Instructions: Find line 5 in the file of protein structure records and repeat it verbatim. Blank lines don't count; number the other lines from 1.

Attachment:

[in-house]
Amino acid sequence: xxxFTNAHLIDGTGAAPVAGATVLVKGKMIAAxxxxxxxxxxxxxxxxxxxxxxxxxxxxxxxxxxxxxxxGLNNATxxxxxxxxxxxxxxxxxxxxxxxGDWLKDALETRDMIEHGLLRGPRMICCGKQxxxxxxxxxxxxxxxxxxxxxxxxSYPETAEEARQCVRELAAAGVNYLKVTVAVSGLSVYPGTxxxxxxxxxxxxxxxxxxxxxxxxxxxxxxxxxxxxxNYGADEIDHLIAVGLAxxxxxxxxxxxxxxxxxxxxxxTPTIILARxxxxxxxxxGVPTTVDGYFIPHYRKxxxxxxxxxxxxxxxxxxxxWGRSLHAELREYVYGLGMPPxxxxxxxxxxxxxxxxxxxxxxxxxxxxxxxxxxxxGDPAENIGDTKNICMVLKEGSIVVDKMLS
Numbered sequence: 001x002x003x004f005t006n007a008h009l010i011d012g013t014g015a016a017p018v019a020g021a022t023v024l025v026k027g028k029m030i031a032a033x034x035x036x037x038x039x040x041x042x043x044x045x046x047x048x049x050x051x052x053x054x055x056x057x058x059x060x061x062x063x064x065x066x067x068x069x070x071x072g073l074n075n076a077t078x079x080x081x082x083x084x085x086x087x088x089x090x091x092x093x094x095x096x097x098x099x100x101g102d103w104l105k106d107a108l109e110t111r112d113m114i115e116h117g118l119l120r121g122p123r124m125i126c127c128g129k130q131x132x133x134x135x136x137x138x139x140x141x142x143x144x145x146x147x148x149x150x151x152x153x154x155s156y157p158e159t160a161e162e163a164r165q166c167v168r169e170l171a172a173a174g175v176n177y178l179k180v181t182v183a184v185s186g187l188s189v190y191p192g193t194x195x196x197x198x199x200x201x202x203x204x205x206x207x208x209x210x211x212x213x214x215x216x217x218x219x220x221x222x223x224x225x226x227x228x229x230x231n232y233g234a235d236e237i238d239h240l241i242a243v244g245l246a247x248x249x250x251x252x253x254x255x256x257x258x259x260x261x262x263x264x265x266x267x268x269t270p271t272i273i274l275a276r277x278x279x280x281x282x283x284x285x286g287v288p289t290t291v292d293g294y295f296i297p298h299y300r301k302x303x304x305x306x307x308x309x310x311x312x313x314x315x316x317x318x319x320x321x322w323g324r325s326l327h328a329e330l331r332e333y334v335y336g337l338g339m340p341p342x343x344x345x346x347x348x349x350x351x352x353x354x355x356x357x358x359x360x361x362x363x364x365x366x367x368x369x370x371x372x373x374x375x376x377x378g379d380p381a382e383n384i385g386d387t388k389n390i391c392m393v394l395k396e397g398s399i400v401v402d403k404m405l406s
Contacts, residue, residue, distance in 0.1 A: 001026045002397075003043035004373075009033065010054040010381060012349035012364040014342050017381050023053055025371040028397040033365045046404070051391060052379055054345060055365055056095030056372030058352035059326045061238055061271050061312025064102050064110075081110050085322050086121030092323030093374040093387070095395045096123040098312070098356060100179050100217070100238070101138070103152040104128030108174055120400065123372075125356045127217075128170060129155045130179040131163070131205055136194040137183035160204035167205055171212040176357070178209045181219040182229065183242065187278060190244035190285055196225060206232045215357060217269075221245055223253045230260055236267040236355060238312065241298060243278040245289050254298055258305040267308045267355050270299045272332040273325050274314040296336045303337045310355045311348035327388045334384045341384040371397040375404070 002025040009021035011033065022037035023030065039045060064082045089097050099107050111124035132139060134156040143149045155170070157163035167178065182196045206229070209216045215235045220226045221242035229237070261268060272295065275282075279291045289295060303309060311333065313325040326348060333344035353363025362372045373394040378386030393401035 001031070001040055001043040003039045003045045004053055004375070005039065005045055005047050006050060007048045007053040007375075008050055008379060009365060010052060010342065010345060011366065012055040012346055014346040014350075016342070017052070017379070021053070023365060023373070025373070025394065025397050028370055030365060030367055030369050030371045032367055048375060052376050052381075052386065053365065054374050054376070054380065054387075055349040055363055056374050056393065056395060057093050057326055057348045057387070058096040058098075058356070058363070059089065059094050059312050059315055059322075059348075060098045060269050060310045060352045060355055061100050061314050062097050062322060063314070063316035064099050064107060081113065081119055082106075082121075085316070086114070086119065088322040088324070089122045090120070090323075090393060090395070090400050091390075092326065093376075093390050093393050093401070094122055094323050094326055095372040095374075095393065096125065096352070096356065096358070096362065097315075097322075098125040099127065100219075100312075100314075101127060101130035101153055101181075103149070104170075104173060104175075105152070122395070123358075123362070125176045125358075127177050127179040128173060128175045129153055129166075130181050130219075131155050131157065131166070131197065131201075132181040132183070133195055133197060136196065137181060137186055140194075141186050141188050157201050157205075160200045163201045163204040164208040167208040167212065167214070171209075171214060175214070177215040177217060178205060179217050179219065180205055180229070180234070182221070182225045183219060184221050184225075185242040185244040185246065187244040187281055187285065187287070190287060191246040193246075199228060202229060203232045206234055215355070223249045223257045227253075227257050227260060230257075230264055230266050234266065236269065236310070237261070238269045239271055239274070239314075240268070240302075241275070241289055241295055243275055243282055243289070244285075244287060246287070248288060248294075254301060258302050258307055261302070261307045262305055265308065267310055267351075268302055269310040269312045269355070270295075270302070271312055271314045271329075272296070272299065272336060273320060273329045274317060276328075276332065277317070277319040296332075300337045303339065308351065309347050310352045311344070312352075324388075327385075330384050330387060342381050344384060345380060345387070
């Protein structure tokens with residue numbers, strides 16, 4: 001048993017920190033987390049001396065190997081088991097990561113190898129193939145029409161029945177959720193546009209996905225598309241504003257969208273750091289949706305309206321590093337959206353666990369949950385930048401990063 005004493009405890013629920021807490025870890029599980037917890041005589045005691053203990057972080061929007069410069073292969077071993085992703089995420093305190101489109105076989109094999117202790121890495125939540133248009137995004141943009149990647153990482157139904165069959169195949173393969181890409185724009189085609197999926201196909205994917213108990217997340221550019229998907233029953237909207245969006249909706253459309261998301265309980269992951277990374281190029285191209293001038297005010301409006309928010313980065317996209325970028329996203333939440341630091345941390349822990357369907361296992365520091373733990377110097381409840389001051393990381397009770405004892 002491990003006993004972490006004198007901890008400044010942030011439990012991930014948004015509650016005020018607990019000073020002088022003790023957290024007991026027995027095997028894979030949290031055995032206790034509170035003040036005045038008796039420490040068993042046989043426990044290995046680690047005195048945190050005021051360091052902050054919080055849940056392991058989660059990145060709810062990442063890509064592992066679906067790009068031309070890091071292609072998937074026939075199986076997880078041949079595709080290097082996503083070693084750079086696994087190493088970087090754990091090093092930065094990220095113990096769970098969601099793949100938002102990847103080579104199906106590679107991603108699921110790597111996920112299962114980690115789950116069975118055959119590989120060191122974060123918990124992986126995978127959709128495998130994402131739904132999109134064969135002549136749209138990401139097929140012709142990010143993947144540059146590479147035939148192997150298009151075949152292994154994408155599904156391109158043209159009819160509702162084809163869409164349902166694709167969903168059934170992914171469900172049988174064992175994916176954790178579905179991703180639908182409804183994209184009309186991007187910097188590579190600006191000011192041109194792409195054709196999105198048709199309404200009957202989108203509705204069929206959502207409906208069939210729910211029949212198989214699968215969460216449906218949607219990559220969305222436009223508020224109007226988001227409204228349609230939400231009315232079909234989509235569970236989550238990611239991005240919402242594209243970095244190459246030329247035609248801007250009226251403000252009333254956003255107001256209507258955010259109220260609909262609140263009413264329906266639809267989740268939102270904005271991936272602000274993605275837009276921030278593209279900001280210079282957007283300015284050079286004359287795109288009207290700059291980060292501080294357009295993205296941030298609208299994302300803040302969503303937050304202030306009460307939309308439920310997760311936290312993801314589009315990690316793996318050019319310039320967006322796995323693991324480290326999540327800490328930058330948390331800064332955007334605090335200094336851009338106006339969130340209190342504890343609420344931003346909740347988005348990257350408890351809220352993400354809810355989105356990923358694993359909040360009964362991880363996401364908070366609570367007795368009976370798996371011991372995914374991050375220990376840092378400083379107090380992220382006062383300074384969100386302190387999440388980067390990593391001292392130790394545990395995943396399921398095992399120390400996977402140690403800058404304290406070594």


């Protein structure tokens with residue numbers, strides 16, 4: 001048993017920190033987390049001396065190997081088991097990561113190898129193939145029409161029945177959720193546009209996905225598309241504003257969208273750091289949706305309206321590093337959206353666990369949950385930048401990063 005004493009405890013629920021807490025870890029599980037917890041005589045005691053203990057972080061929007069410069073292969077071993085992703089995420093305190101489109105076989109094999117202790121890495125939540133248009137995004141943009149990647153990482157139904165069959169195949173393969181890409185724009189085609197999926201196909205994917213108990217997340221550019229998907233029953237909207245969006249909706253459309261998301265309980269992951277990374281190029285191209293001038297005010301409006309928010313980065317996209325970028329996203333939440341630091345941390349822990357369907361296992365520091373733990377110097381409840389001051393990381397009770405004892 002491990003006993004972490006004198007901890008400044010942030011439990012991930014948004015509650016005020018607990019000073020002088022003790023957290024007991026027995027095997028894979030949290031055995032206790034509170035003040036005045038008796039420490040068993042046989043426990044290995046680690047005195048945190050005021051360091052902050054919080055849940056392991058989660059990145060709810062990442063890509064592992066679906067790009068031309070890091071292609072998937074026939075199986076997880078041949079595709080290097082996503083070693084750079086696994087190493088970087090754990091090093092930065094990220095113990096769970098969601099793949100938002102990847103080579104199906106590679107991603108699921110790597111996920112299962114980690115789950116069975118055959119590989120060191122974060123918990124992986126995978127959709128495998130994402131739904132999109134064969135002549136749209138990401139097929140012709142990010143993947144540059146590479147035939148192997150298009151075949152292994154994408155599904156391109158043209159009819160509702162084809163869409164349902166694709167969903168059934170992914171469900172049988174064992175994916176954790178579905179991703180639908182409804183994209184009309186991007187910097188590579190600006191000011192041109194792409195054709196999105198048709199309404200009957202989108203509705204069929206959502207409906208069939210729910211029949212198989214699968215969460216449906218949607219990559220969305222436009223508020224109007226988001227409204228349609230939400231009315232079909234989509235569970236989550238990611239991005240919402242594209243970095244190459246030329247035609248801007250009226251403000252009333254956003255107001256209507258955010259109220260609909262609140263009413264329906266639809267989740268939102270904005271991936272602000274993605275837009276921030278593209279900001280210079282957007283300015284050079286004359287795109288009207290700059291980060292501080294357009295993205296941030298609208299994302300803040302969503303937050304202030306009460307939309308439920310997760311936290312993801314589009315990690316793996318050019319310039320967006322796995323693991324480290326999540327800490328930058330948390331800064332955007334605090335200094336851009338106006339969130340209190342504890343609420344931003346909740347988005348990257350408890351809220352993400354809810355989105356990923358694993359909040360009964362991880363996401364908070366609570367007795368009976370798996371011991372995914374991050375220990376840092378400083379107090380992220382006062383300074384969100386302190387999440388980067390990593391001292392130790394545990395995943396399921398095992399120390400996977402140690403800058404304290406070594």